Self-supervised learning of graph neural networks (GNN) is in great need because of the widespread label scarcity issue in real-world graph/network data.
This paper emphasizes the importance and efficacy of training, quantization and accelerator design, and calls for more research breakthroughs in the area for AI on the edge.
We formulate the MMMT model and heterogeneous hardware implementation co-design as a differentiable optimization problem, with the objective of improving the solution quality and reducing the overall power consumption and critical path latency.
Artificial intelligence (AI) technologies have dramatically advanced in recent years, resulting in revolutionary changes in people's lives.
Despite the great success of High-Level Synthesis (HLS) tools, we observe several unresolved challenges: 1) the high-level abstraction of programming styles in HLS sometimes conceals optimization opportunities; 2) existing HLS tools do not provide flexible trade-off (Pareto) solutions among different objectives and constraints; 3) the actual quality of the resulting RTL designs is hard to predict.
This raises the question of whether we can find an effective proxy search space (PS) that is only a small subset of GS to dramatically improve RandomNAS’s search efficiency while at the same time keeping a good correlation for the top-performing architectures.
To design HW-NAS-Bench, we carefully collected the measured/estimated hardware performance (e. g., energy cost and latency) of all the networks in the search space of both NAS-Bench-201 and FBNet, considering six hardware devices that fall into three categories (i. e., commercial edge devices, FPGA, and ASIC).
High quality AI solutions require joint optimization of AI algorithms, such as deep neural networks (DNNs), and their hardware accelerators.
Quantization has been proven to be an effective method for reducing the computing and/or storage cost of DNNs.
We formulate the co-search problem by fusing DNN search variables and hardware implementation variables into one solution space, and maximize both algorithm accuracy and hardware implementation quality.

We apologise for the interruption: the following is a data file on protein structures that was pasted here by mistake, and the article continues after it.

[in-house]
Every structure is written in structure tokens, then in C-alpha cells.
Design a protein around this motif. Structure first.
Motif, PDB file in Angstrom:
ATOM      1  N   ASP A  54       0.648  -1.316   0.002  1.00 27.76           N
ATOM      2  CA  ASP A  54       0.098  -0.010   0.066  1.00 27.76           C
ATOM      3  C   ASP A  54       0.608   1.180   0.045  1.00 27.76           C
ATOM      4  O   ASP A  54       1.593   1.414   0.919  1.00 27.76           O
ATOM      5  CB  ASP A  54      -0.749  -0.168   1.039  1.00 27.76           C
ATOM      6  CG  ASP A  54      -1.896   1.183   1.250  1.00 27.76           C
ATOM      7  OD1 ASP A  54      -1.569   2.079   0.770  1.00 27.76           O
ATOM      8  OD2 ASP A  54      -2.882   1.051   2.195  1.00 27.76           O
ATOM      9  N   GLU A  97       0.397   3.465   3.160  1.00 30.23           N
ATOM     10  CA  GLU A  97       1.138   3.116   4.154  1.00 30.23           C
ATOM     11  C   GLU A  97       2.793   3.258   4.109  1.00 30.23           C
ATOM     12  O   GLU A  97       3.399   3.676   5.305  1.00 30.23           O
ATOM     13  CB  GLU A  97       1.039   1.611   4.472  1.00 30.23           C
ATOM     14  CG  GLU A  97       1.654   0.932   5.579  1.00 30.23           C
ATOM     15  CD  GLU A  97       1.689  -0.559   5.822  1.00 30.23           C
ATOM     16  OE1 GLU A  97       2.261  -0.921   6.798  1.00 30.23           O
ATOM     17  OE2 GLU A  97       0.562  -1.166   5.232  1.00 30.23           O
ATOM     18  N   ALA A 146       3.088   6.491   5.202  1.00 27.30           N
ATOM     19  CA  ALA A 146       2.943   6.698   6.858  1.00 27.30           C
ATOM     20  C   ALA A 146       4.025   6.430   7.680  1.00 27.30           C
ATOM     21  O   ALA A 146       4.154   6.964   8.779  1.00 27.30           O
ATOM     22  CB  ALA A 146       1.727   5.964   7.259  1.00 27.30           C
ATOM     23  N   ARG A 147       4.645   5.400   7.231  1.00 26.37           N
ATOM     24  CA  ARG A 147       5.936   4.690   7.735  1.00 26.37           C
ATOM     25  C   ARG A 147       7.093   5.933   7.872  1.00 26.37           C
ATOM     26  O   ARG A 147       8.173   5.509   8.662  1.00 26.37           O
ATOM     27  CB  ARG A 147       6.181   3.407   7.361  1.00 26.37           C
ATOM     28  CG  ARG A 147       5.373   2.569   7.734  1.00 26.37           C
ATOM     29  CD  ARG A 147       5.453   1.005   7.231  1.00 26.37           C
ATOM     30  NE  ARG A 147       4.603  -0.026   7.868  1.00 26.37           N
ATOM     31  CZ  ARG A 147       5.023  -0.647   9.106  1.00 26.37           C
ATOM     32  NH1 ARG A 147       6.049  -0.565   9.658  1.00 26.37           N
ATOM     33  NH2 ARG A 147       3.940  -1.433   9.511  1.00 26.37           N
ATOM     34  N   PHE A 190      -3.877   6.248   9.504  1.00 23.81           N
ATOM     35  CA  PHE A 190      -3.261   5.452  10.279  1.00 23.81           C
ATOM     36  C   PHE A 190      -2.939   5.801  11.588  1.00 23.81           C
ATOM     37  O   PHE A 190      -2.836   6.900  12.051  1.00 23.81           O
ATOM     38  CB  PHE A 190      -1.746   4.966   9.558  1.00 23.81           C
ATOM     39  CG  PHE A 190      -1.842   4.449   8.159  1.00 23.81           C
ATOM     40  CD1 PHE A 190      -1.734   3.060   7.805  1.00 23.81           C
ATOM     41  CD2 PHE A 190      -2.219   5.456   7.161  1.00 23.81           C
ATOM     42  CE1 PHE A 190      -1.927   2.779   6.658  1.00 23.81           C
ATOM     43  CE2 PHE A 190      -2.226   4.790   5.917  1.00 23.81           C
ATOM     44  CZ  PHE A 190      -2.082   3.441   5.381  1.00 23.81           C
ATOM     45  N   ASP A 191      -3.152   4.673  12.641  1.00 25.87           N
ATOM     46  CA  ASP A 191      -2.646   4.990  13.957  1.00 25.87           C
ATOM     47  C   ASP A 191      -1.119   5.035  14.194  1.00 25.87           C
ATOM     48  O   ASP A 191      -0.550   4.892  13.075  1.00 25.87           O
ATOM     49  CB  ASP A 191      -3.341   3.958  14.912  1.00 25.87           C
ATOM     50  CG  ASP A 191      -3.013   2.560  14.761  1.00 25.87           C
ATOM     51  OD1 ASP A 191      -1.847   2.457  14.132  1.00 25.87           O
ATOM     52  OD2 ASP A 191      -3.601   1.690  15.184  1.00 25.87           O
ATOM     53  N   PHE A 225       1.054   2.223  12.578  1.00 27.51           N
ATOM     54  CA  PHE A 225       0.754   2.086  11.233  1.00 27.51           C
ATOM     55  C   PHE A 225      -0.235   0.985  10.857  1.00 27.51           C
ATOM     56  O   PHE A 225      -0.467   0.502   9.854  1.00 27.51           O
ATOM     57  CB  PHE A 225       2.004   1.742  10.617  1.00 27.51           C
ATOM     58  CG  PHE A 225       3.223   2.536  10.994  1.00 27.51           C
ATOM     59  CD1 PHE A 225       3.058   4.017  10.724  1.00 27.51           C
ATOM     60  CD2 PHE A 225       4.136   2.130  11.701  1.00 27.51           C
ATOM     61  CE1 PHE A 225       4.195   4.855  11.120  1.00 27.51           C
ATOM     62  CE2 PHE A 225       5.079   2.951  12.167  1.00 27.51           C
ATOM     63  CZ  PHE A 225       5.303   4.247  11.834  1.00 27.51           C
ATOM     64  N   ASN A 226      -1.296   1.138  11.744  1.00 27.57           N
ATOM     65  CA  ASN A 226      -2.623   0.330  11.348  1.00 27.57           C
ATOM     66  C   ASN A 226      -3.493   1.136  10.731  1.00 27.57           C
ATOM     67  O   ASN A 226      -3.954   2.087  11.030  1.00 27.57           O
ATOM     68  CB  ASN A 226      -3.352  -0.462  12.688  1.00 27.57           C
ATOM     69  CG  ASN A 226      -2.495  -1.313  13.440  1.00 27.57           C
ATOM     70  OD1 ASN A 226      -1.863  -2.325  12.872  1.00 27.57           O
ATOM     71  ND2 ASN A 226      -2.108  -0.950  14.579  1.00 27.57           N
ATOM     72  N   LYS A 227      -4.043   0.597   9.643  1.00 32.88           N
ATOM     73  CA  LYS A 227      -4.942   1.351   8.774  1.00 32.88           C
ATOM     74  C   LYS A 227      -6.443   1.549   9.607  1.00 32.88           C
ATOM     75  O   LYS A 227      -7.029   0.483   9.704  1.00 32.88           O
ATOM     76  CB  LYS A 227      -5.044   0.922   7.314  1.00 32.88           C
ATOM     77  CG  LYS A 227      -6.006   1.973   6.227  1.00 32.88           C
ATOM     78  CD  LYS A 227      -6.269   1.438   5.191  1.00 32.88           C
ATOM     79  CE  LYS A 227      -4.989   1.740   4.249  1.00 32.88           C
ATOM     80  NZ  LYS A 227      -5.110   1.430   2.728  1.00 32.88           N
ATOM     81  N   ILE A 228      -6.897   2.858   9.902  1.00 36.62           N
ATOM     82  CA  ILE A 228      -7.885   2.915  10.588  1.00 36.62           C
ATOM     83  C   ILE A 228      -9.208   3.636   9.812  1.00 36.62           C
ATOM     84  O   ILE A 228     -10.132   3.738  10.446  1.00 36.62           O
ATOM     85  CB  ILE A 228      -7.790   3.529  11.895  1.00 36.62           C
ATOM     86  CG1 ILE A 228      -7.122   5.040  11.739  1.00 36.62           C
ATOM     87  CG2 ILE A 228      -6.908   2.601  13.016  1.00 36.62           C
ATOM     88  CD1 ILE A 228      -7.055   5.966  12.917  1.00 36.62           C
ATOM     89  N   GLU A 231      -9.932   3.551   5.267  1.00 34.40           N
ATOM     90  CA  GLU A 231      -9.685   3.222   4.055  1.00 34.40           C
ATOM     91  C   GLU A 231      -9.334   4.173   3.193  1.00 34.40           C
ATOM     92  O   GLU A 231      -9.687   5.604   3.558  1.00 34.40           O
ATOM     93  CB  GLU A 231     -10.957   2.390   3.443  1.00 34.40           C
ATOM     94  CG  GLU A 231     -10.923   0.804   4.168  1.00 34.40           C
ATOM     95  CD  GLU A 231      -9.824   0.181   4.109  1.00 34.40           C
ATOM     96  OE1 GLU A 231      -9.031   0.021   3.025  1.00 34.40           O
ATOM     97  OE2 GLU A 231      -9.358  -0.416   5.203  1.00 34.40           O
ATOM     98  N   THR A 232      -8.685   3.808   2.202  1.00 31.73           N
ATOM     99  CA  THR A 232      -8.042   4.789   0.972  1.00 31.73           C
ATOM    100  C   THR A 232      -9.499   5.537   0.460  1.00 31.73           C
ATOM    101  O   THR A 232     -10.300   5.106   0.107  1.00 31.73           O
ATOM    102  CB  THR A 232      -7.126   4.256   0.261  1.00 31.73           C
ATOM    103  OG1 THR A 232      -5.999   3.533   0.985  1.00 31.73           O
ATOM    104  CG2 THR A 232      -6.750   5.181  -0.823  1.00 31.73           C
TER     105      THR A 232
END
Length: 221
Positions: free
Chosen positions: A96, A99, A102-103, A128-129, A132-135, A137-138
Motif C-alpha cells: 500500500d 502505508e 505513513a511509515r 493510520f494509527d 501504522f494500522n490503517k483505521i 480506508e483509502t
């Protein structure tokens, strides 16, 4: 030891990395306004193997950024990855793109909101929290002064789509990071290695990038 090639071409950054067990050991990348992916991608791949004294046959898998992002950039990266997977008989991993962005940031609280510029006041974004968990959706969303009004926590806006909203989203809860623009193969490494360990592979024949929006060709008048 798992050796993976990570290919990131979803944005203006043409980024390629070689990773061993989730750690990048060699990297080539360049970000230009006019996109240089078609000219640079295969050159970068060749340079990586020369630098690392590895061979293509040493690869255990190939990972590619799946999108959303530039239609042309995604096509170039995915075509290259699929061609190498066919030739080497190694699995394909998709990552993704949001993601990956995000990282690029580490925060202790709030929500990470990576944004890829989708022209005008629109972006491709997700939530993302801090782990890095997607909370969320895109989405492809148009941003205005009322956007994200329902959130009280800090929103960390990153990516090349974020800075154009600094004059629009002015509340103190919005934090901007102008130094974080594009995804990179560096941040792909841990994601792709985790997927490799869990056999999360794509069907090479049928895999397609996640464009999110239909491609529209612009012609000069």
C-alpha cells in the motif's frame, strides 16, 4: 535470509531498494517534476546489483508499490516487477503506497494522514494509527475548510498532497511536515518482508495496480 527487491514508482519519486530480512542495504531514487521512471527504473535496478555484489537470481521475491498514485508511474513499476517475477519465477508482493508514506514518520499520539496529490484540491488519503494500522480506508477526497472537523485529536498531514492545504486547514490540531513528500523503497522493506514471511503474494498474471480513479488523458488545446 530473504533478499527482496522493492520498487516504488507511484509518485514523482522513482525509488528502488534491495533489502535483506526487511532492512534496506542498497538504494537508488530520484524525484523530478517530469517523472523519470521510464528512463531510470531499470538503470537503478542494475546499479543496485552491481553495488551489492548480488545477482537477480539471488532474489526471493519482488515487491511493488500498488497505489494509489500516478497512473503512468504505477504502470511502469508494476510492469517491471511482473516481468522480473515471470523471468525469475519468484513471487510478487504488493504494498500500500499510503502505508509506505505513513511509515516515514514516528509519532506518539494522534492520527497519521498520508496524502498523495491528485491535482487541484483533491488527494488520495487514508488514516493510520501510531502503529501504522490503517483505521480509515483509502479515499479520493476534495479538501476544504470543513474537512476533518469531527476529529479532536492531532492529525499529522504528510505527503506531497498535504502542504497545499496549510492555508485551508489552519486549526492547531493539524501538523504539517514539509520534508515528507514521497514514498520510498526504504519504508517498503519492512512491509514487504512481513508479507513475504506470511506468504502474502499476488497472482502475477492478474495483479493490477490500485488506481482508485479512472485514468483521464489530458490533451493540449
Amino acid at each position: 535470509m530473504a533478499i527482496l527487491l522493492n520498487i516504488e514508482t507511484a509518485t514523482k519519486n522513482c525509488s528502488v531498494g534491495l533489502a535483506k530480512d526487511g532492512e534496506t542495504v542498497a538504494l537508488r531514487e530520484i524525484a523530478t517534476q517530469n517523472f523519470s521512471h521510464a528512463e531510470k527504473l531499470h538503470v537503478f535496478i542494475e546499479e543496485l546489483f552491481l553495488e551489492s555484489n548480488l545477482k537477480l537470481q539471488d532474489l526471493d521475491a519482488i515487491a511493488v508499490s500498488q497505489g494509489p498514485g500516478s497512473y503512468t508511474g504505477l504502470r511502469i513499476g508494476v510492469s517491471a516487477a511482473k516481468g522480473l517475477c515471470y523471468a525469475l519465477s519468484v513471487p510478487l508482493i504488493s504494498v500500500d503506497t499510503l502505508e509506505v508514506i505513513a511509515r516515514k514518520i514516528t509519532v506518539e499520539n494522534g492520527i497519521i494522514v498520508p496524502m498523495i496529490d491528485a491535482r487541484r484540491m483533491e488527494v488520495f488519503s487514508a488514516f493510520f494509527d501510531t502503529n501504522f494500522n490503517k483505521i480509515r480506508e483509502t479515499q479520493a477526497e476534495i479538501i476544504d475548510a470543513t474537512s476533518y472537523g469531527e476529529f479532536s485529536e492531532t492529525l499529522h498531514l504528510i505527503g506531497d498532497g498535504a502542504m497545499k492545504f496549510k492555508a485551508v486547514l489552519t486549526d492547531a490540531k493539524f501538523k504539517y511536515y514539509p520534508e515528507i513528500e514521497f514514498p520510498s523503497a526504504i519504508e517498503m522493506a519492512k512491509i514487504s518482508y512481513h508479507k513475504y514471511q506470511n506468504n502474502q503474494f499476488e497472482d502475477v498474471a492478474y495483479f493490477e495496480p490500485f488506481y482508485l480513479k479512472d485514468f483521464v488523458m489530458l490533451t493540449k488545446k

Specifically, AutoDNNchip consists of two integrated enablers: (1) a Chip Predictor, built on top of a graph-based accelerator representation, which can accurately and efficiently predict a DNN accelerator's energy, throughput, and area based on the DNN model parameters, hardware configuration, technology-based IPs, and platform constraints; and (2) a Chip Builder, which can automatically explore the design space of DNN chips (including IP selection, block configuration, resource balancing, etc.
The rapidly growing demands for powerful AI algorithms in many application domains have motivated massive investment in both high-quality deep neural network (DNN) models and high-efficiency implementations.
Object detection and tracking are challenging tasks for resource-constrained embedded systems.
Developing artificial intelligence (AI) at the edge is always challenging, since edge devices have limited computation capability and memory resources but need to meet demanding requirements, such as real-time processing, high throughput performance, and high inference accuracy.
Developing deep learning models for resource-constrained Internet-of-Things (IoT) devices is challenging, as it is difficult to achieve both good quality of results (QoR), such as DNN model inference accuracy, and quality of service (QoS), such as inference latency, throughput, and power consumption.
While embedded FPGAs are attractive platforms for DNN acceleration on edge-devices due to their low latency and high energy efficiency, the scarcity of resources of edge-scale FPGA devices also makes it challenging for DNN deployment.